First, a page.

Updates, commentary, training and advice on immigration and asylum law

Visit visa fees set to increase


Older content is locked

A great deal of time and effort goes into producing the information on Free Movement, become a member of Free Movement to get unlimited access to all articles, and much, much more


By becoming a member of Free Movement, you not only support the hard-work that goes into maintaining the website, but get access to premium features;

  • Single login for personal use
  • FREE downloads of Free Movement ebooks
  • Access to all Free Movement blog content
  • Access to all our online training materials
  • Access to our busy forums
  • Downloadable CPD certificates

The Immigration and Nationality (Fees) Order 2016 (SI 2016 No. 177) sets the maximum amounts the Home Office can charge for different types of visa applications. Up until 8 March 2022, the most that could be charged for a visit visa was £95.

This has now been increased to £130.

The explanatory memo to the Immigration and Nationality (Fees) (Amendment) Order 2022 (SI 2022 No. 233) says that this has been done

… in order to increase the department’s flexibility to pursue fee changes in future Regulations, as well as — in the case of visit visas — to better reflect the cost of processing applications.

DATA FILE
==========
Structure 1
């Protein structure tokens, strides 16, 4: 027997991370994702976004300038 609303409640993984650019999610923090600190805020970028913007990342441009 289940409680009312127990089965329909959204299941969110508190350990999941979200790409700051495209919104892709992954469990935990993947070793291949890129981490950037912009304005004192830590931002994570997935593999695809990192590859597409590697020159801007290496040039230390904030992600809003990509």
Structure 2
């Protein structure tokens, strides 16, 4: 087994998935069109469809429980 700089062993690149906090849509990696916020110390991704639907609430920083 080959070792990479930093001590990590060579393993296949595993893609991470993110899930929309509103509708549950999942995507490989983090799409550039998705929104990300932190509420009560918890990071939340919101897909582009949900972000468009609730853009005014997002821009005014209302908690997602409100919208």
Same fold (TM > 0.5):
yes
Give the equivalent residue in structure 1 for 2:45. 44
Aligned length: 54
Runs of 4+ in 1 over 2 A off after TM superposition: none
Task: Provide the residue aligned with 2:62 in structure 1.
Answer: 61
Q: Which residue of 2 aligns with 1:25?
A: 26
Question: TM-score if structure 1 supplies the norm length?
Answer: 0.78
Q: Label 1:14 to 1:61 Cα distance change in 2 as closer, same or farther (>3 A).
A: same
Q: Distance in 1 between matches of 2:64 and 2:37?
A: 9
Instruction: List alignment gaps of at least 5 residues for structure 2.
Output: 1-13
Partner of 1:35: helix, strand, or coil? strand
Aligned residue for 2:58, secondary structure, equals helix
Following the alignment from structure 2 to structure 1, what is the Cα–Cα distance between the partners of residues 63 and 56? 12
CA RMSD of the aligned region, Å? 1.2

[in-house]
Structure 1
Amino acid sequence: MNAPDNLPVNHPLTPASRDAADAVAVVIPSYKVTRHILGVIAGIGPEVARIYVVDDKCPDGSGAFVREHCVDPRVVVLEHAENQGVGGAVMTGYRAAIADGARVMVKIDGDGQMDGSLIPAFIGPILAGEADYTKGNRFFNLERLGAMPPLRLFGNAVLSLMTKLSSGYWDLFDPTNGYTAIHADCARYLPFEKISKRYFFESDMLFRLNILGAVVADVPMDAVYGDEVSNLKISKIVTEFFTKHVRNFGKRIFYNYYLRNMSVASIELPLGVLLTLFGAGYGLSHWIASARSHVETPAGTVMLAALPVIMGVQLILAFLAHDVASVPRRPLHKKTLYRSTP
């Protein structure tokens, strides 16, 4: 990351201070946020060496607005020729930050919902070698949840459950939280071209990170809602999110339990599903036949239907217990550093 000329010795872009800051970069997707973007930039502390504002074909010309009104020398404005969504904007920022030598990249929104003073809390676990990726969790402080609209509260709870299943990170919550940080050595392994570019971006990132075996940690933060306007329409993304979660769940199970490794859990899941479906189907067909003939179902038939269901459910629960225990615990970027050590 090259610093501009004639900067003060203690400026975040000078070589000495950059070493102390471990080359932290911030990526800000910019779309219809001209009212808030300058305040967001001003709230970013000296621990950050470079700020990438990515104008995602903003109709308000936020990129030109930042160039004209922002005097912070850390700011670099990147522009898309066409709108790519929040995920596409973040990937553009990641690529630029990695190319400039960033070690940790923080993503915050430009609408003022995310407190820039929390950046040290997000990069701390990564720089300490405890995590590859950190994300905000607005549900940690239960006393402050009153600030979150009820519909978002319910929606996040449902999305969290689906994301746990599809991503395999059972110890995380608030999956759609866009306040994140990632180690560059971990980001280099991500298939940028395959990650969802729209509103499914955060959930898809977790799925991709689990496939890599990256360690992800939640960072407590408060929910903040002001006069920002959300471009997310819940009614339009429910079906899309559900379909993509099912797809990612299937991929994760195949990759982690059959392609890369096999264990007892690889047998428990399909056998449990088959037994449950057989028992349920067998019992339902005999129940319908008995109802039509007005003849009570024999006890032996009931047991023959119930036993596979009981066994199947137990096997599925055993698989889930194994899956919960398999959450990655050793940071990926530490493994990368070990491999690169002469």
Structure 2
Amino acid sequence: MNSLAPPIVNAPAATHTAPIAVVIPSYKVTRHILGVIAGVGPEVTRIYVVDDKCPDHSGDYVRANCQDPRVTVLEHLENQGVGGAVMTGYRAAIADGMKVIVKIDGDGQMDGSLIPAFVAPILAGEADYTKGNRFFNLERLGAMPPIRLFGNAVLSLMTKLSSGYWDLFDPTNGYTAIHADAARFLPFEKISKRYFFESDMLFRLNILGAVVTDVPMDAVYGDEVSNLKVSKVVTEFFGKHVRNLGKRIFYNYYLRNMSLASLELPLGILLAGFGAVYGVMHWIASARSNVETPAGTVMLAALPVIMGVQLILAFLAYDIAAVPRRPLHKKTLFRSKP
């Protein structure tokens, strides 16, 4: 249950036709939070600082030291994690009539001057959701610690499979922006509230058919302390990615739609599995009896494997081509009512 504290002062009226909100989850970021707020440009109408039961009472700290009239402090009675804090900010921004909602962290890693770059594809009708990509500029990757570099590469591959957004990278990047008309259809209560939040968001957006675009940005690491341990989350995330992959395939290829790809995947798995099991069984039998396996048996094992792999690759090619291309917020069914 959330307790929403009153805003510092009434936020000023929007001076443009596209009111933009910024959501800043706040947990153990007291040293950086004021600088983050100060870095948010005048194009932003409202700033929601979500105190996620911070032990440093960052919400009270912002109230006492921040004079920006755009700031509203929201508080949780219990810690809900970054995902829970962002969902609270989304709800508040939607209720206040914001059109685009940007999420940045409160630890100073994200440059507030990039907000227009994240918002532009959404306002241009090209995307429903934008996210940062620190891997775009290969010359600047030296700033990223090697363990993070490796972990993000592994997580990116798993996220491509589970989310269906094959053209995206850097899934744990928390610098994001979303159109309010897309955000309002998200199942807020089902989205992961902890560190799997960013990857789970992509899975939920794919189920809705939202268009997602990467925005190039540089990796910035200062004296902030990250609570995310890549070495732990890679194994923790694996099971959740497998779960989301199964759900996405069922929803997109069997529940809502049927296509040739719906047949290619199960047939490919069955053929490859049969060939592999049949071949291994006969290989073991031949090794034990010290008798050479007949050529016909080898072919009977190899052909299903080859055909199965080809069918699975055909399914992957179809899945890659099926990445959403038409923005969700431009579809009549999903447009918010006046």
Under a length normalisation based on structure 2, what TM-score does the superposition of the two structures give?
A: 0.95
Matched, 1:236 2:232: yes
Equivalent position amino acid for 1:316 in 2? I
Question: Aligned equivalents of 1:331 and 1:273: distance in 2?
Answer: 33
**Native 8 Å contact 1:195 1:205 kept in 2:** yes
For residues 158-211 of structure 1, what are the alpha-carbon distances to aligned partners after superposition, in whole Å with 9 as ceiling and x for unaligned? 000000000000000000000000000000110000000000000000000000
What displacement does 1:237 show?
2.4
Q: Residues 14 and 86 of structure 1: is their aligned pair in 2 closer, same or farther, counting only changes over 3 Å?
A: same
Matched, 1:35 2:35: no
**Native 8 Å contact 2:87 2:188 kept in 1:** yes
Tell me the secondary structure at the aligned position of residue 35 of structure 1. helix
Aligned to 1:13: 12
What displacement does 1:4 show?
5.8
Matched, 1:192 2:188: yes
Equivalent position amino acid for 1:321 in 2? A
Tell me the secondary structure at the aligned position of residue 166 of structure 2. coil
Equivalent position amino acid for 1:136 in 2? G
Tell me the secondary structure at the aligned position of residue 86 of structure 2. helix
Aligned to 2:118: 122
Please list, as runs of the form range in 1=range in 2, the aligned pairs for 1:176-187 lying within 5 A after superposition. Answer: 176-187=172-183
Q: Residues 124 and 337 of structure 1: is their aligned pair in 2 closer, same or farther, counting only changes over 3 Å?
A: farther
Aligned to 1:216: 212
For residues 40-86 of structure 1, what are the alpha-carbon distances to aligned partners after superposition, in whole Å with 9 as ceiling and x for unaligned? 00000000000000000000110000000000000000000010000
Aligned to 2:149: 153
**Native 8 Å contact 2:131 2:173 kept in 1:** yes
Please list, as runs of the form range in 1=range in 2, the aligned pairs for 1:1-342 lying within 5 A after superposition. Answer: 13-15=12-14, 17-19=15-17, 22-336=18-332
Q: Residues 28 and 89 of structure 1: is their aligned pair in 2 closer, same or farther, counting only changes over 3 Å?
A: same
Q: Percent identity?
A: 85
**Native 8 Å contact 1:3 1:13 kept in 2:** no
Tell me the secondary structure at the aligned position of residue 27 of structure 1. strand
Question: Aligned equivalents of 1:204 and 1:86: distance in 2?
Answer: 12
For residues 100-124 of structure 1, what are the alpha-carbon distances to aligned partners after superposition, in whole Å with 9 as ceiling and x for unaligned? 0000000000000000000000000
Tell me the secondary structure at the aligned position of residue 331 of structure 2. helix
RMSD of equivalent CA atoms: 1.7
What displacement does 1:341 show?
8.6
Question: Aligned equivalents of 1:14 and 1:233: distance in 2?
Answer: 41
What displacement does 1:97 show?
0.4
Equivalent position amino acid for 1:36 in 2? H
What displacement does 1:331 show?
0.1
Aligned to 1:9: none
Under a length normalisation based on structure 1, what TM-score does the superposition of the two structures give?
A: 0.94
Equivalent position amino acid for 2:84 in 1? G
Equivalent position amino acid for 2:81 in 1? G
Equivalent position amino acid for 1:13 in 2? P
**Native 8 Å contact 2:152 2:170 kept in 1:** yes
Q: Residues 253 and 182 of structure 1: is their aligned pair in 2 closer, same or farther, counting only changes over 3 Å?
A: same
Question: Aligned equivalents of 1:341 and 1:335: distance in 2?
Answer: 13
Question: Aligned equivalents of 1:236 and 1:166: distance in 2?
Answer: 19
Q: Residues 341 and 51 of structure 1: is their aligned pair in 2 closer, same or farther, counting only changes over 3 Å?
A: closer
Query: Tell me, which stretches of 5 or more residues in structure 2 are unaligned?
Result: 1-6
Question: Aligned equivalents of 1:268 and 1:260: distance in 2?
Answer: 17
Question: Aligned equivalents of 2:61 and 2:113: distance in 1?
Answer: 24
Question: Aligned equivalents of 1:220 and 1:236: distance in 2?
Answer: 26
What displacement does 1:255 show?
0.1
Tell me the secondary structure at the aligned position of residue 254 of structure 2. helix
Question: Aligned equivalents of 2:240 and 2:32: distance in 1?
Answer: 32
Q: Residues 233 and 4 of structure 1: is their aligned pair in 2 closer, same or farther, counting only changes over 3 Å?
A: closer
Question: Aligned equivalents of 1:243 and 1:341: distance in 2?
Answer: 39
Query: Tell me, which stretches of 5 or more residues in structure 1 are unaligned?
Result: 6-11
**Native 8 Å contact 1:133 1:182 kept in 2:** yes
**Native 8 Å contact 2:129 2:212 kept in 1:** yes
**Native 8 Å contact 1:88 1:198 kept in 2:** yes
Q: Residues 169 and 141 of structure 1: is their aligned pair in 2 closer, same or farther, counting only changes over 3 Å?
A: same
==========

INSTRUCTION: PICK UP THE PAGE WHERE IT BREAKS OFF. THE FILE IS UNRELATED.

There is also a suggestion that the fee is being increased to “help support the funding of the wider borders and migration system”.

The actual amounts charged for each type of visa are set by separate regulations which are usually updated in April each year. These regulations still put the visit visa fee at £95, but it is likely that won’t be the case for much longer. The fact that the Home Office has just increased the maximum amount they can charge for a visit visa makes it likely we’ll see an increase in in the actual charge April 2022.

The maximum amount that can be charged for a student visa is also increasing by £10, from £480 to £490. The current fee is £348 for an application made outside the UK and £475 for an application made inside the UK.

Relevant articles chosen for you
Picture of Iain Halliday

Iain Halliday

Iain Halliday is an Advocate (the Scottish equivalent of a Barrister) at Themis Advocates. He specialises in public law, including immigration and asylum, retained EU law, human rights, and judicial review.